And there was Christi, who seemed to sense that I was nearby. She turned to the back of the auditorium and all was right with her world, and mine, for one brief moment that only a look between mother and daughter can bring.

Lori C. Booker, APR, is founder and CEO of CBR and is a respected media commentator.

Media Maven Blog: Our World’s a Stage

In a recent blog, I noted that Orlando needs to be prepared for the international stage being thrust upon it. Stage right: Casey Anthony’s trial.  Stage left (pun intended): activist organizations looking for a literal platform. As founder of CBR Public Relations 27 years ago this month, I think back on all the stages that our clients have shared with others’ agendas – and few by choice. I’ve learned that the bigger the brand, the bigger the opportunity presented for others to capitalize on the brand or a world-famous trial. Casey Anthony, unfortunately, has become both.

Activists rely on few dollars and relatively few staff to grab the world’s attention. These limitations require that they take advantage of opportunities presented by other larger organizations. Fast food companies pay millions to promote their brands, yet armed with limited dollars and staff resources, activists hoist themselves on the brands’ notoriety to the benefit of their own causes. Hard-earned company brands have been recently leveraged to call attention to everything from the price of tomatoes to transgender discrimination.

What does that have to do with Casey Anthony? With 500+ reporters, editors, columnists and videographers in town – and all parked within a few feet of one another – what better stage to stand on and shout a message? What bigger brand to capitalize upon? Orange County has provided a venue for key messaging for cause organizations, such as a recent local homeless issue that undeservedly received national media attention. My experienced gut is that this is just the beginning.

On a positive note, the Anthony trial is shining a spotlight on the need to conquer domestic violence, which in this case involved a mother’s alleged murder of her own daughter. The stage set to solve this societal secret and will hopefully spur thoughtful discussions and long overdue funding.

Ending domestic violence — Now that’s a stage Orlando will gladly share.

Lori C. Booker, APR, is founder and CEO of CBR and is a respected media commentator.

William Shakespeare:  “All the world’s a stage.  And all the men and women merely players….”

Media Maven Blog: Anthony Trial Gives O-Town Opportunity Worth Seizing

I wonder if the Downtown Orlando community grasps the stage that is being thrust upon them — and the unparalleled opportunity that stage will bring – starting tomorrow morning.  For every reporter granted courtroom access, there are at least four other support personnel in the wings walking downtown streets, browsing our stores, utilizing our free Lymmo transportation service and looking to detect the pulse of Orlando. They want to know what makes Orlando tick.  These journalists are fascinated by the juxtaposition of our magical tourism “worlds” (Disney World, Sea World, even Flea World) against the world of a death penalty murder trial that, deservedly or not, has captured the world’s attention.

The setting of the last gargantuan trial (from a media perspective) was held near the Hollywood stages in Los Angeles, a city that is accustomed to aggressive paparazzi, famous faces and larger-than- life personalities.  With the O.J. Simpson trial as a barometer, it’s safe to say that Orlando has never experienced anything like what is about to descend upon the City Beautiful.  Mayor Dyer, Orlando City Council and the Downtown Development Board grasp this as an opportunity to showcase our true Orlando – to demonstrate our sense of neighborhoods and community and yes, our potential as a cosmopolitan destination is in the balance the next month or so.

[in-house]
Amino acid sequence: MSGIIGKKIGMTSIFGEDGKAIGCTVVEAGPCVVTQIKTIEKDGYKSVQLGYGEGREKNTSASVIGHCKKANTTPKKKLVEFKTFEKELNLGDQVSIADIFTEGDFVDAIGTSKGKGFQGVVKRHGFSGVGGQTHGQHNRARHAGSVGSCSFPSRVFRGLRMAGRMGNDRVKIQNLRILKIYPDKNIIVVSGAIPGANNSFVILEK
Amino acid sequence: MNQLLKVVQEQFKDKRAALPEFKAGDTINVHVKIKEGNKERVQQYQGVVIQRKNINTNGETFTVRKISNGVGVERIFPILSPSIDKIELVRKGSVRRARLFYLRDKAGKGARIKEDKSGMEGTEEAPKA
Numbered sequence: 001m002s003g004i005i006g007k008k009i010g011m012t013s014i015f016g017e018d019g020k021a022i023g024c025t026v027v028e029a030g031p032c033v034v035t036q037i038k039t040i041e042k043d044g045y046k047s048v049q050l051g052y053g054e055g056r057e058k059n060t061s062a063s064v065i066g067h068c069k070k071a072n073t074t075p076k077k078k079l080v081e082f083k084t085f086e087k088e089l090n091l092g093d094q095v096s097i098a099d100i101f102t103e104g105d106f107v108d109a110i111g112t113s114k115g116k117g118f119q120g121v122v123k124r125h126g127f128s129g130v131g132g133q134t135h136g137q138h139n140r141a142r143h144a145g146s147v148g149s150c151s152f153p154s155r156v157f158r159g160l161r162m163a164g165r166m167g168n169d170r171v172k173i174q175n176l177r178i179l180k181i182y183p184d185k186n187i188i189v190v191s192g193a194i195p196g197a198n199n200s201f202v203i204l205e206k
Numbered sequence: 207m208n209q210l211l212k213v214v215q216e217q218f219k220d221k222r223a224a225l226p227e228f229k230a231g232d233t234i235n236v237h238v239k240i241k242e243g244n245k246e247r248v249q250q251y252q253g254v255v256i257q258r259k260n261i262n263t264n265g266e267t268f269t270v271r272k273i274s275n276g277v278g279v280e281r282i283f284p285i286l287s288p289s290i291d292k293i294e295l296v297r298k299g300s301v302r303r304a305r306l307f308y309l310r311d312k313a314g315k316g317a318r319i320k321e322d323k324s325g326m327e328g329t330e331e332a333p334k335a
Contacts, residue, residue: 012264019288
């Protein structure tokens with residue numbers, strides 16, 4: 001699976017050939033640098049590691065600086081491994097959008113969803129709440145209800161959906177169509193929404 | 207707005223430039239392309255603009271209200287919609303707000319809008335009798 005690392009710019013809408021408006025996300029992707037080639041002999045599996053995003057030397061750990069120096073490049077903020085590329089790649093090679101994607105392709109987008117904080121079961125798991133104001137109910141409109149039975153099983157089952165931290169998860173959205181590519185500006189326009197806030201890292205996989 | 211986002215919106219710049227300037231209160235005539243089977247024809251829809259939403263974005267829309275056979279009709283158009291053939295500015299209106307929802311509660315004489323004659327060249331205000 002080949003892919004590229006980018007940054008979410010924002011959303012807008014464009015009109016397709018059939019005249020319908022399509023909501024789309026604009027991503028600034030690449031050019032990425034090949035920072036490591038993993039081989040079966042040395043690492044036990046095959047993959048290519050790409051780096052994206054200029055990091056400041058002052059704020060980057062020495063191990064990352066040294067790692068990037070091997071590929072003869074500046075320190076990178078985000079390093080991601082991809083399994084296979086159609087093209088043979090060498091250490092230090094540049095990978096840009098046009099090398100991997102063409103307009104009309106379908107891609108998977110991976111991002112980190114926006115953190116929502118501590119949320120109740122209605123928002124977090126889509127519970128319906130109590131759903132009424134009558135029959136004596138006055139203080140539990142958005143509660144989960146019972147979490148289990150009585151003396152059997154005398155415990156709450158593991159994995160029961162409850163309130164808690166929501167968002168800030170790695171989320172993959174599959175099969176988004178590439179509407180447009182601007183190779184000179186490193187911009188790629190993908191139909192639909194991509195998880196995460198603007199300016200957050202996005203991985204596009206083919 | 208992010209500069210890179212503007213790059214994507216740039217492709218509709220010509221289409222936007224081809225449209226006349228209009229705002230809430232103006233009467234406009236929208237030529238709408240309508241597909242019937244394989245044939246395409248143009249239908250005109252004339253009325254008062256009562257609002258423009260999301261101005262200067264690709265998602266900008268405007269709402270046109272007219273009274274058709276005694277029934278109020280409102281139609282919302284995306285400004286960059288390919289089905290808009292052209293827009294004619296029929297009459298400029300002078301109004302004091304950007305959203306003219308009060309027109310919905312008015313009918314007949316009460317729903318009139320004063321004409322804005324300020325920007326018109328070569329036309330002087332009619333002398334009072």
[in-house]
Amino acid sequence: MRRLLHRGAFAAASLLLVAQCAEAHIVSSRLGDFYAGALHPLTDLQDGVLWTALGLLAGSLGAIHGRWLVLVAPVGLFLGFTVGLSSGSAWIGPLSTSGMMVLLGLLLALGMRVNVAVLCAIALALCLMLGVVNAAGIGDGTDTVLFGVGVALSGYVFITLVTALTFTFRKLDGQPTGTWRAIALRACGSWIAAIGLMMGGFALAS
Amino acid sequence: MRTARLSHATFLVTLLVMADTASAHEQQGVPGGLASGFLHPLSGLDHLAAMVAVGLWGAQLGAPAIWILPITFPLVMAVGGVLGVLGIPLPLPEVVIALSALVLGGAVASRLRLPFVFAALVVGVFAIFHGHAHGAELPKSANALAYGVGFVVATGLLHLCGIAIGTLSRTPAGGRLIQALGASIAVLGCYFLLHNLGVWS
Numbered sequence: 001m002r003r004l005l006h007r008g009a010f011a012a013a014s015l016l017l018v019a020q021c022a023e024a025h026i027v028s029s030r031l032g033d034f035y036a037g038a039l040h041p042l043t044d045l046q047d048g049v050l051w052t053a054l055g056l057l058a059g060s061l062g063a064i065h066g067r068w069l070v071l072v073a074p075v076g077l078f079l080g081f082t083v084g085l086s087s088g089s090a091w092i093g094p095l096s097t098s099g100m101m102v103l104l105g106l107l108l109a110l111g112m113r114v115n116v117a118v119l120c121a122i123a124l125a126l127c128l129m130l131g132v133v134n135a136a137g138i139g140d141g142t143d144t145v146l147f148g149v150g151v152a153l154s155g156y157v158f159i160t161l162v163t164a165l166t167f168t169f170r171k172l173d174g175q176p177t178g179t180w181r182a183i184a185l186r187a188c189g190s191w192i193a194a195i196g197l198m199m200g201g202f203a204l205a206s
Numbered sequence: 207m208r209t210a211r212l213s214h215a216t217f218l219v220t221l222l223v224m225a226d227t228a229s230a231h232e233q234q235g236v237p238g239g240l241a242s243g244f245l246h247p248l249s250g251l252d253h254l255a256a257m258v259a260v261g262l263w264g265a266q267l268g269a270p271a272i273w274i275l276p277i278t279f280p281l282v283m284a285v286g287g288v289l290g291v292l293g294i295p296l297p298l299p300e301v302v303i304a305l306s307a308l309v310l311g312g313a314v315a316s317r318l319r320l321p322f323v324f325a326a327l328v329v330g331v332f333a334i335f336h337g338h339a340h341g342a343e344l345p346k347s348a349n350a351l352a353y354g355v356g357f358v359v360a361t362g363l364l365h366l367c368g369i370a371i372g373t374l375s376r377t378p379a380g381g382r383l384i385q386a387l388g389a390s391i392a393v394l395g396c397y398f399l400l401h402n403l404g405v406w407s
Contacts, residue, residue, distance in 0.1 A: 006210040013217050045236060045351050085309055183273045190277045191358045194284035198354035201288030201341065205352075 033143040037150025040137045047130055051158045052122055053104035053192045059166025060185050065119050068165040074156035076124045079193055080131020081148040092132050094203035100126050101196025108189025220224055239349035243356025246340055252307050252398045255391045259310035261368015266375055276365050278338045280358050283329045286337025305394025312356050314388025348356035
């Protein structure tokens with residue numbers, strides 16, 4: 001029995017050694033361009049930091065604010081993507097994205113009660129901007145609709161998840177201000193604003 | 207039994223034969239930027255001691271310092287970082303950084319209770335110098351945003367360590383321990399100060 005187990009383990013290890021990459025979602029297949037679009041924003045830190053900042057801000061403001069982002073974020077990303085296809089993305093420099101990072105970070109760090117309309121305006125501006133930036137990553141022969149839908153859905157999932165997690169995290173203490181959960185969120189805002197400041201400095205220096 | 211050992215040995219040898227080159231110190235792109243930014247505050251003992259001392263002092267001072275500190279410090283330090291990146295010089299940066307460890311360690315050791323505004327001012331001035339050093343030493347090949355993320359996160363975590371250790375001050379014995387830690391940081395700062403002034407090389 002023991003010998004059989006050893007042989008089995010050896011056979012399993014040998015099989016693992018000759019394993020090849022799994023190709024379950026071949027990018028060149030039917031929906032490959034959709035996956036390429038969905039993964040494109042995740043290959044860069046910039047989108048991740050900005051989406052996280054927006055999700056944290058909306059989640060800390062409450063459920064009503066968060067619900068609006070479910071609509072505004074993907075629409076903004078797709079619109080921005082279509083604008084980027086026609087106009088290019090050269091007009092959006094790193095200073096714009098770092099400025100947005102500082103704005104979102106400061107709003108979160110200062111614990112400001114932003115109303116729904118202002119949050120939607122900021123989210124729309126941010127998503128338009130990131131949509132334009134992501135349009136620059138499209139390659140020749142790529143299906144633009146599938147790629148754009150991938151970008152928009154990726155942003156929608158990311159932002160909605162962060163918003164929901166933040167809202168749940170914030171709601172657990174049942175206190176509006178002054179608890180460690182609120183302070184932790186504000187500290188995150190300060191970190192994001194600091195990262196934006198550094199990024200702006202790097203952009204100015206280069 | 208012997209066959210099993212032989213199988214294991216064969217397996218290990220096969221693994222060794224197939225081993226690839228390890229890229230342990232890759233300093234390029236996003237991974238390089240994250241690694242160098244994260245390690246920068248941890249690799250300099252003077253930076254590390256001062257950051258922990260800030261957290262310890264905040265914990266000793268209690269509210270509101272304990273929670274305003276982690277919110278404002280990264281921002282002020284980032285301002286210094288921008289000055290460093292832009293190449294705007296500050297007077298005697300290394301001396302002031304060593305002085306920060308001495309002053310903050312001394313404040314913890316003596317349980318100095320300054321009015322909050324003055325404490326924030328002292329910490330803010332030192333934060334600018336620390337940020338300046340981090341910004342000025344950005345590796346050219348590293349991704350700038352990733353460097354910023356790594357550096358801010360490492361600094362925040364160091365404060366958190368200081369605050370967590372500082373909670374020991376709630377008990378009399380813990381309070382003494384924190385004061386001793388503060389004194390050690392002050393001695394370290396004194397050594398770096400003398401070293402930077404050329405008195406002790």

While cities across the country are begging for publicity to generate economic development, the international stage has been thrust upon us.  It’s an opportunity to tout our greatness and to counter the image of a young mother who is charged with murdering her child.  It’s up to the folks in Downtown Orlando to seize this opportunity for the right kind of stardom.

Lori C. Booker, APR, is founder and CEO of CBR and is a respected media commentator.

CBR’s Expansion Continues

CBR, long considered one of the Southeast’s premier independent public relations firms, has appointed Peggy Gies as Director of Marketing and Strategic Planning. Gies brings more than 20 years of advertising and marketing experience to the company and will develop and implement campaigns for clients with a focus on integrated communications.

CBR expanded in the past year with a second office in Melbourne, Fla., bucking the national trend by growing during the recession. “When the market began to contract, we decided that the best plan of action would be to concentrate our energies on our existing clients. That strategy worked better than even I anticipated,” said CEO and Founder Lori C. Booker, APR. “We not only increased revenue, but we increased our staff as a result. With more than 25 years under our belt, and with the most experienced and dedicated team of professionals ever assembled in a local firm, CBR is poised to dominate the market as the economy recovers.”

CBR also announced the promotion of Brittany Hobbs to Account Coordinator. Hobbs interned at CBR in 2009 and joined the staff full time in January 2010 as an account assistant.

Interested in joining us? Check out the Career section of our website for more information.

Have you heard? EWI Scholarship Opportunity

CBR encourages its staff to participate in organizations outside of the everyday work schedule – both for professional and personal growth.

As members of various organizations, our staffers often bring to our attention new opportunities and resources we can share with you! The most recent opportunity came from our COO, Patrice Lynch, who is the Ways and Means Chair for Executive Women International of Orlando.

Opportunity Details:

Do you know of a junior in high school or an adult student thinking about going back to school to continue their education? EWI of Orlando is offering two different scholarships – one for a junior in high school and one for an adult student.

If you are interested in more information or know someone in Lake, Orange, Osceola or Seminole counties who might be interested, please visit the EWI Orlando Scholarship page to view the application details.

The submission deadline is March 31.